Building a Magazine-Fed Sniper Rifle

A magazine-fed bolt-action sniper rifle.

Checking zero after installing the Surgeon magazine well. The addition functioned perfectly, picking up fresh rounds and throwing empties. The magazines also dropped freely and were easily replaced.

A removable magazine on a sniper rifle provides one more level of versatility in the field. Magazine-fed rifles allow for faster reloads and for the quick selection of different rounds as the mission dictates. These are good options to have and you are starting to see them appear on rifles like the Ruger Scout and McMillan’s Tac 30, which is supplied with a five-round box.  All the semi-auto sniper systems carry a removable box.

So, what if, after weighing all the pros and cons, you decide you need a magazine-fed sniper rifle, but already have a Remington 700 BDL? And further, there is no money in the budget for a new rifle and all the brownie points with the sheriff or the chief have been used up. You can build your own, or show this article to a competent gunsmith and have him do it.
It starts by opening the Brownell’s catalog.  Brownell’s carries a variety of systems to change a BDL over to a magazine-fed gun. I like the unit made by Surgeon Rifles.  It is a well-made lower end that replaces the bottom trigger guard and floorplate of the BDL to accept a magazine of either five- or 10 rounds.  This particular unit accepts magazines made by Accuracy International and I found these to be well-made, of high quality with a composite follower in a steel body.

The magazine release is on the front of the trigger guard and is accessible from the right or left side.  Although I prefer steel bottom end metal on a professional rifle the aluminum trigger guard and frame of the Surgeon product is thick and robust.  It is finished in flat black.

Magazine-fed sniper rifle components.

The old BDL door (top) the new well and the five- and 10-round magazines.

Before you start, realize that the stock needs some modification to accept the system. Be sure this is what you want because once you start cutting, you can’t go back.  But one bonus is that you also get a set of aluminum pillars to pillar bed the action if you need to.

Here’s how I did it. After making the rifle safe I took the action out of the stock and removed the factory floorplate. I secured the stock in a vise on the bench with the bottom up so I could take the Surgeon trigger guard and center it over the existing hole to mark out the material that needed to be removed.  It looked like I would need to take off around .100 or so off each side and front and back.  The curved areas needed to be enlarged, the front and rear tang notch would need to be widened and the front would need to be lengthened quite a bit.

I dropped the screws into the trigger guard so they could line up with the holes through the stock.  The kit comes with a set of pillars if you are putting it into a wooden stock and want to pillar bed it first or on the off chance the holes don’t line up in the stock you are using they can be drilled out and centered with the pillars glued in.  The stock that I was going to modify was an HS Precision which has an aluminum block molded into the composite and machined to fit the barreled action.  As it turned out the holes lined up when I was finished milling out the magazine well and I didn’t need the pillars.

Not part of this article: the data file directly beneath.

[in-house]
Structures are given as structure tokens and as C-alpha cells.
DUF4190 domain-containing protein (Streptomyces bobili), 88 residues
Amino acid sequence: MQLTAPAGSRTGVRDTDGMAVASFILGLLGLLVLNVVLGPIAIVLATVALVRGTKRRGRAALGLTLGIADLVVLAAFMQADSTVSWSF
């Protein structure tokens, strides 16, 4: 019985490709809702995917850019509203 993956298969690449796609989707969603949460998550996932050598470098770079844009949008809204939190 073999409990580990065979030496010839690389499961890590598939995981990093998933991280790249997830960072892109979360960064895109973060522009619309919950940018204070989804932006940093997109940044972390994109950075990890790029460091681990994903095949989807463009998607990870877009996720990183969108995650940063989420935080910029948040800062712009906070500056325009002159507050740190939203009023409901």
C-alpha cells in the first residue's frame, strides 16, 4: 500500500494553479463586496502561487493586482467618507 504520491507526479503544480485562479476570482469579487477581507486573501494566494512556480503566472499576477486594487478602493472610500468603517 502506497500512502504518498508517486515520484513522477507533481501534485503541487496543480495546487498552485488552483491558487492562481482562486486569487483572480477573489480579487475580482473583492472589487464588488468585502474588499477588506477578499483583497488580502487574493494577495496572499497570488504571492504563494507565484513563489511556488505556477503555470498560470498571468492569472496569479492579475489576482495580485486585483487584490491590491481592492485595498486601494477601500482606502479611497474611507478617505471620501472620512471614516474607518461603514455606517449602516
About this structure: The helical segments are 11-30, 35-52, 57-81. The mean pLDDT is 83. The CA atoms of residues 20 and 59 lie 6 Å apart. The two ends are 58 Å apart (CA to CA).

I marked the stock on the bottom so I put it in the vise with the bottom up and was planning on milling it out by hand.  The cut must go all the way through the stock to the area under the channel where the round part of the action rests.  This will take an end mill at least 1 ½ inches long and a 2-inch cutting surface is better.  I cut mine on one side and then flipped the stock over in the vise and cut the other side because the longest mill I had was just 1 inch.  It worked, but I would recommend getting the longer mill and doing it in one cut.  The mill diameter I used was .5 inch and it made the round sections fit perfectly to the part.

I removed small amounts of material at a time and check the part regularly.  This will bring the hole size up slowly for a precise fit.  Should you get a little wild and make a gap between the metal and the stock it is easily filled in with some Acra Glas from Brownells.  The stock is composite and after the crack is filled and the paint is touched up there will be nothing to notice.  Keep diligent and go slow and the cut will come out perfect.

The fitted magazine well.

The fitted magazine well.

Once the cut is complete and the part fits snugly,  put the action back in the stock and put in the action bolts.  If you deepened the tang slots to flush up the trigger guard to the bottom of the stock the screws may be a tad long and interfere with the action of the bolt.  They will need to be shortened up either with a saw, a grinder, or both.  A dab of cold blue on the end of the screws will keep them protected from corrosion.

Put the action and stock together and check the workings of the bolt.  Make sure it picks up a fresh round from the magazine and throws out the empties.  Also make sure the magazines fit freely into the well and that they drop out easily with gravity when you hit the release.  The only thing left to do is take it to the range and check the zero.

Adding a detachable magazine system to the bolt gun can be a great way to increase firepower or provide the versatility of changing rounds to meet the needs of the mission. All it takes is a little skill in the shop, or gunsmith you trust and you can upgrade your rifle without breaking the budget.


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